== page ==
|Publication number||US6380718 B1|
|Application number||US 09/650,614|
|Publication date||Apr 30, 2002|
|Filing date||Aug 30, 2000|
|Priority date||Aug 30, 2000|
|Publication number||09650614, 650614, US 6380718 B1, US 6380718B1, US-B1-6380718, US6380718 B1, US6380718B1|
|Inventors||Gerald Wesley Davis, Jr., Robert Thomas Wolfe|
|Original Assignee||Rockwell Automation Technologies, Inc.|
|Export Citation||BiBTeX, EndNote, RefMan|
|Patent Citations (9), Referenced by (12), Classifications (10), Legal Events (5)|
|External Links: USPTO, USPTO Assignment, Espacenet|
The present invention relates to PWM modulation and more specifically to a method and apparatus for increasing voltage resolution across a generator exciter field coil where the exciter voltage is determined by a counter that is less precise than a desired voltage resolution.
Pulse width modulation (PWM) hardware configurations and control algorithms are used in many different control applications. One particularly advantageous use of PWM techniques is in controlling generator terminal voltage by varying the voltage across a generator exciter coil. To this end, three-phase AC voltage is fed back from a generator output to an AC to DC rectifier that generates DC voltage across a DC bus link. Typical generator controlling PWM hardware includes an IGBT switch linked between the DC link and the exciter coil. The switch is opened and closed to provide essentially square wave PWM voltage pulses on the line linked to the coil. The width or duration of a voltage pulse divided by a full PWM cycle period is referred to generally as a PWM pulse duty cycle.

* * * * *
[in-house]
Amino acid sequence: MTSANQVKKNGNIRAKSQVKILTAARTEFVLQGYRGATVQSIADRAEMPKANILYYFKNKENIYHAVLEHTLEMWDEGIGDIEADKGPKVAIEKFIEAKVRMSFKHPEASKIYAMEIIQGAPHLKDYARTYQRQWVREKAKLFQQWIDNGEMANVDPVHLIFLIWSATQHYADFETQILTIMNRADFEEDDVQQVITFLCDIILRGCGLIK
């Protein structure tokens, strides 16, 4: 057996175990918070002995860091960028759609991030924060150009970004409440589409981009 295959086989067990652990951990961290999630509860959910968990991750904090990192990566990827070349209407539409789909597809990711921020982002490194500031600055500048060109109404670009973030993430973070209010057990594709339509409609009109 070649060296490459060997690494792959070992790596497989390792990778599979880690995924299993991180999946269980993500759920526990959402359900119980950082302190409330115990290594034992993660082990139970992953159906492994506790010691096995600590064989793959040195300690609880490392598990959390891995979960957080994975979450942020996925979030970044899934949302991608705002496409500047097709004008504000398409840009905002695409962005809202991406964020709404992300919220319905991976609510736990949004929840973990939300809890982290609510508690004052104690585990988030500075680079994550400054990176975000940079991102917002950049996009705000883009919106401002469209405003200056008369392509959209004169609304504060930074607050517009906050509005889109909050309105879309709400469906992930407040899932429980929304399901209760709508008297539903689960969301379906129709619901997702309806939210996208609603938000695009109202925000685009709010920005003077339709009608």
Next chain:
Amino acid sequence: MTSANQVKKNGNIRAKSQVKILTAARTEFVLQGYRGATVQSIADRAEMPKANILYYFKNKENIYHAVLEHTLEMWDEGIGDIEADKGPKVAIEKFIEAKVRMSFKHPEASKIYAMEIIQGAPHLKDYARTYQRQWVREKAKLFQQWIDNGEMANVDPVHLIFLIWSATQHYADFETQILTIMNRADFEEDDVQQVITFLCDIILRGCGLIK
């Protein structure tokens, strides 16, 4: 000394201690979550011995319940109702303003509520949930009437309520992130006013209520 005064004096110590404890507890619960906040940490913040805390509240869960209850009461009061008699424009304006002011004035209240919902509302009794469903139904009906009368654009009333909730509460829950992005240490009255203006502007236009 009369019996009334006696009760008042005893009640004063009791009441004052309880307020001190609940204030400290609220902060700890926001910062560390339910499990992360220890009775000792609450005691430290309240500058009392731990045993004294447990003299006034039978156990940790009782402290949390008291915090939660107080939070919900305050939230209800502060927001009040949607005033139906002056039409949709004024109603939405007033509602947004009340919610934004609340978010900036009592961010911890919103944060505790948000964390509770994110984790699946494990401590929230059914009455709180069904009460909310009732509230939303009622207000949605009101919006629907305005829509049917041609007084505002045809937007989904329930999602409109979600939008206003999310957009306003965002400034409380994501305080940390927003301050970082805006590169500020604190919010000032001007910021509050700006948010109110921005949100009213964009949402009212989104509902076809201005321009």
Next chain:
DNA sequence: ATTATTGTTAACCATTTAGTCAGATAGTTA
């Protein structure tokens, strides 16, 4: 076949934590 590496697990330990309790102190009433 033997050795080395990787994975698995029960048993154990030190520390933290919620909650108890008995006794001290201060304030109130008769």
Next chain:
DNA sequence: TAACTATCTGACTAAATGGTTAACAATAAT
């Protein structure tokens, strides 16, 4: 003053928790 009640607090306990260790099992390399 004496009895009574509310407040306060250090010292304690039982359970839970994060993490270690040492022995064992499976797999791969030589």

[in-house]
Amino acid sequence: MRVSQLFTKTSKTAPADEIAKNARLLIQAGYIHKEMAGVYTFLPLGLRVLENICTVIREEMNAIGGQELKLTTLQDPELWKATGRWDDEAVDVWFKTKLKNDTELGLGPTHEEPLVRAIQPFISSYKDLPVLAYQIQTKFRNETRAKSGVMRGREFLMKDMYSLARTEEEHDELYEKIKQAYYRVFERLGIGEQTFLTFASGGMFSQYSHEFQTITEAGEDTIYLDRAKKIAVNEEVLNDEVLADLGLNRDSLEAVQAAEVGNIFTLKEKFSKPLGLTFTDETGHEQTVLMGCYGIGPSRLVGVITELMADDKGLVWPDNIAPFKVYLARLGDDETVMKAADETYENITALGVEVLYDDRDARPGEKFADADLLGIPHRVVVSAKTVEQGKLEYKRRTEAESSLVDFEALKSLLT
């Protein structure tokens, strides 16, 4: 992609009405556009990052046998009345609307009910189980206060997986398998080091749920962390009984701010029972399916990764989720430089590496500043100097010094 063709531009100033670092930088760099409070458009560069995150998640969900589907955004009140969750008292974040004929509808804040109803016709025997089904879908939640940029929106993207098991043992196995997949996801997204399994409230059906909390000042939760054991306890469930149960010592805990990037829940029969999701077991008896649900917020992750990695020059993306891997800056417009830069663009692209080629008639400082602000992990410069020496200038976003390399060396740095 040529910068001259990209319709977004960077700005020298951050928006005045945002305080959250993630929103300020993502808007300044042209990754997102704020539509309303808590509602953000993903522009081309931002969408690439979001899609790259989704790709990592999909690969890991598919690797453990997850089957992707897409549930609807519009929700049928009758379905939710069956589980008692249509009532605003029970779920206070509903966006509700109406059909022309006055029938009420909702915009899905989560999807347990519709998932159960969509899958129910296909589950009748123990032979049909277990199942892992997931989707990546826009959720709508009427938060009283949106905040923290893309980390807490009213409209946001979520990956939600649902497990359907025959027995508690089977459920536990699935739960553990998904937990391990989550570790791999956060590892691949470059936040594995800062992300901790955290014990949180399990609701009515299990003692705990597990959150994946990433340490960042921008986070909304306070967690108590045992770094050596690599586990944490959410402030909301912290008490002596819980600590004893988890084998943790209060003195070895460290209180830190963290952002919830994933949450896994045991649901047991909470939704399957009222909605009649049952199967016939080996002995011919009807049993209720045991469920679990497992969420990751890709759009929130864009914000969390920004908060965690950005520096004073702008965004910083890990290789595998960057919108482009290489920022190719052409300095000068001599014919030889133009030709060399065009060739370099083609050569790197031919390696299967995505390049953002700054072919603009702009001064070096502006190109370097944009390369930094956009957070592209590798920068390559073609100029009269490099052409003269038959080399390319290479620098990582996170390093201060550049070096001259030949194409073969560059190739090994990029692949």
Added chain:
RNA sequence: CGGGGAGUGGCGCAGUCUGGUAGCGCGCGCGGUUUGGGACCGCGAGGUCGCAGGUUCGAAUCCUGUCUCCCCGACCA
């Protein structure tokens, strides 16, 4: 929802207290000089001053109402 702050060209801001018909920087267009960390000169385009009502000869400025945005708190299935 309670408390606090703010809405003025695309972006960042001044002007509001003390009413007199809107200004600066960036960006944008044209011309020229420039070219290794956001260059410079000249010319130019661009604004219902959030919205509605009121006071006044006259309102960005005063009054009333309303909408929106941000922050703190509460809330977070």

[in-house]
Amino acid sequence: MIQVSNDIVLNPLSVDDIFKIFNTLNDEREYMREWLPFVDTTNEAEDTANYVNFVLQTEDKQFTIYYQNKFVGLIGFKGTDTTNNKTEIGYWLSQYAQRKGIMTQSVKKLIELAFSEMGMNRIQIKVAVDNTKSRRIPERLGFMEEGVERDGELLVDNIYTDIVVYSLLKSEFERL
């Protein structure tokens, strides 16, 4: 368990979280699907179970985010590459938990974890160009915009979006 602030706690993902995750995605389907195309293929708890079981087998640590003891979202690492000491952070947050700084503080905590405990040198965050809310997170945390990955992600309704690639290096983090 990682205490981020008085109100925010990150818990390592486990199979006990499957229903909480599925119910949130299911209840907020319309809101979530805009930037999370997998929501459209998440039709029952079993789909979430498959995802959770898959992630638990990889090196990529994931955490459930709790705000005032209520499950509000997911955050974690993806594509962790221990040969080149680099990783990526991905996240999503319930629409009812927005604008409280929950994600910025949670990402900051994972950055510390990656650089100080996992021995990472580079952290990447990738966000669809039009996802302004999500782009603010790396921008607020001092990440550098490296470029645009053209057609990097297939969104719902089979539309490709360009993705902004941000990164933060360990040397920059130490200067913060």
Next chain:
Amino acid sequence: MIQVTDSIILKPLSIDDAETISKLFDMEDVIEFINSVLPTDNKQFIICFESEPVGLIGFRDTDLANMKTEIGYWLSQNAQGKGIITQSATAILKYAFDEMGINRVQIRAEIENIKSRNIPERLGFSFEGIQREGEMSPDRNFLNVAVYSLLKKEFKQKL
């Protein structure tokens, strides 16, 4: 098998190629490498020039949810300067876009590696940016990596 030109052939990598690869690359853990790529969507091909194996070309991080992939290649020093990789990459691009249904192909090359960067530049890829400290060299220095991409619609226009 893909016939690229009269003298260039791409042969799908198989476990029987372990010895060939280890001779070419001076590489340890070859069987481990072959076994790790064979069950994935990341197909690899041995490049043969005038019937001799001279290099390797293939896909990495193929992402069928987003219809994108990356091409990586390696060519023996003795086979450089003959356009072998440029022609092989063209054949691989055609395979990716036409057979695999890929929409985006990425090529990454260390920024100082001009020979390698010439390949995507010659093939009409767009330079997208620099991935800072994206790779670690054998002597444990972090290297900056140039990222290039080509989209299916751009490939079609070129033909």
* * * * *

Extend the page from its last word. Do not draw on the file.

Each “on” part of the voltage pulse causes the current through the exciter coil to increase while the “off” part of the pulse causes the current through the exciter coil to decrease. Because the exciter coil consists of a large inductance even after a voltage pulse occurs, the coil continues to draw current as a result of the pulse. For this reason, at any given time the current magnitude is a function of the residual current level at the beginning of the most recent voltage pulse, the duration of the most recent voltage pulse and the period since the most recent voltage pulse. In other words, the current is an integration of temporally proximate previous voltage pulses.
A typical controller for controlling a PWM switch receives an input signal indicating a desired generator terminal voltage and provides output signals to open and close the PWM switch such that the pulse duty cycle causes the desired exciter current. To this end many controllers are equipped with a counter that, based on the desired exciter voltage, adjusts pulse duty cycle by increasing or decreasing the counts corresponding to pulse duty cycles. For example, to increase exciter current, switch on time may be increased from 100 count per PWM cycle to 150 count per PWM cycle.
Where exciter current is based on counter value and a simple counter control algorithm is adopted, exciter current resolution is limited by the maximum counter value. For example, where the maximum counter value is 255, exciter current resolution is one part in 256 (i.e., only 256 different voltage duty cycle durations can be achieved). While such limited resolution may be acceptable in some control applications, such resolution is not acceptable in many other applications and therefore a need exists to increase exciter winding current resolution.